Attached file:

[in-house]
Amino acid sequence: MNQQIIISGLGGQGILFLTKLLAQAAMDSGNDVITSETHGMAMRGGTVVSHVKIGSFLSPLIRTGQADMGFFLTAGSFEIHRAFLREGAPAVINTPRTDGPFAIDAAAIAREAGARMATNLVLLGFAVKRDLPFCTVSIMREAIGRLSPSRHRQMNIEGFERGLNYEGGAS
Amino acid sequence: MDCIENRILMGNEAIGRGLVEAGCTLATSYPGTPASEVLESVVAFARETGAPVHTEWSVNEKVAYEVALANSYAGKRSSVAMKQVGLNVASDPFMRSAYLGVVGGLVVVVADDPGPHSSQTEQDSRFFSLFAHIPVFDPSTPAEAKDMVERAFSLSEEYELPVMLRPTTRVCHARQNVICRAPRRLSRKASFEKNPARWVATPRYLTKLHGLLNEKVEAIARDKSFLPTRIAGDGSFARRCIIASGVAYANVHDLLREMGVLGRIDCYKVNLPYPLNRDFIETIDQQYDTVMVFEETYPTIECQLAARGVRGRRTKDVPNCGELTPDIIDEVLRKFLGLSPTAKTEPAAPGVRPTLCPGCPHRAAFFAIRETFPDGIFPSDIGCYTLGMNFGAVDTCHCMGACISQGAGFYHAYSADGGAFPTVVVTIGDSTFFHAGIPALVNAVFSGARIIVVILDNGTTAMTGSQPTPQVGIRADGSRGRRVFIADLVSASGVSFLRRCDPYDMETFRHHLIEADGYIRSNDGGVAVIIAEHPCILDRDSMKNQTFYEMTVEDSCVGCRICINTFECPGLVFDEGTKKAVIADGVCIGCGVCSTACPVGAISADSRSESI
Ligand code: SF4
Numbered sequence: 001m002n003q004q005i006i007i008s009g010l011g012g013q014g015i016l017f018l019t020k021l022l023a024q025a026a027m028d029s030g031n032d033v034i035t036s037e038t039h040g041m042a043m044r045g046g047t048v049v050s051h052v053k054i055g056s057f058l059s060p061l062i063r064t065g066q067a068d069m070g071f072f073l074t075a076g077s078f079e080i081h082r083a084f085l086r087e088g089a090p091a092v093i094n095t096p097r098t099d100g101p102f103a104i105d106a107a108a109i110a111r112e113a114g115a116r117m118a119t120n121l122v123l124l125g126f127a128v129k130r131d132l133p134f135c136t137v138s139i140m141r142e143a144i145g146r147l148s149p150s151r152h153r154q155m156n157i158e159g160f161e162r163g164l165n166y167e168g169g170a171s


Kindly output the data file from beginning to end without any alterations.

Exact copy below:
[in-house]
Amino acid sequence: MNQQIIISGLGGQGILFLTKLLAQAAMDSGNDVITSETHGMAMRGGTVVSHVKIGSFLSPLIRTGQADMGFFLTAGSFEIHRAFLREGAPAVINTPRTDGPFAIDAAAIAREAGARMATNLVLLGFAVKRDLPFCTVSIMREAIGRLSPSRHRQMNIEGFERGLNYEGGAS
Amino acid sequence: MDCIENRILMGNEAIGRGLVEAGCTLATSYPGTPASEVLESVVAFARETGAPVHTEWSVNEKVAYEVALANSYAGKRSSVAMKQVGLNVASDPFMRSAYLGVVGGLVVVVADDPGPHSSQTEQDSRFFSLFAHIPVFDPSTPAEAKDMVERAFSLSEEYELPVMLRPTTRVCHARQNVICRAPRRLSRKASFEKNPARWVATPRYLTKLHGLLNEKVEAIARDKSFLPTRIAGDGSFARRCIIASGVAYANVHDLLREMGVLGRIDCYKVNLPYPLNRDFIETIDQQYDTVMVFEETYPTIECQLAARGVRGRRTKDVPNCGELTPDIIDEVLRKFLGLSPTAKTEPAAPGVRPTLCPGCPHRAAFFAIRETFPDGIFPSDIGCYTLGMNFGAVDTCHCMGACISQGAGFYHAYSADGGAFPTVVVTIGDSTFFHAGIPALVNAVFSGARIIVVILDNGTTAMTGSQPTPQVGIRADGSRGRRVFIADLVSASGVSFLRRCDPYDMETFRHHLIEADGYIRSNDGGVAVIIAEHPCILDRDSMKNQTFYEMTVEDSCVGCRICINTFECPGLVFDEGTKKAVIADGVCIGCGVCSTACPVGAISADSRSESI
Ligand code: SF4
Numbered sequence: 001m002n003q004q005i006i007i008s009g010l011g012g013q014g015i016l017f018l019t020k021l022l023a024q025a026a027m028d029s030g031n032d033v034i035t036s037e038t039h040g041m042a043m044r045g046g047t048v049v050s051h052v053k054i055g056s057f058l059s060p061l062i063r064t065g066q067a068d069m070g071f072f073l074t075a076g077s078f079e080i081h082r083a084f085l086r087e088g089a090p091a092v093i094n095t096p097r098t099d100g101p102f103a104i105d106a107a108a109i110a111r112e113a114g115a116r117m118a119t120n121l122v123l124l125g126f127a128v129k130r131d132l133p134f135c136t137v138s139i140m141r142e143a144i145g146r147l148s149p150s151r152h153r154q155m156n157i158e159g160f161e162r163g164l165n166y167e168g169g170a171s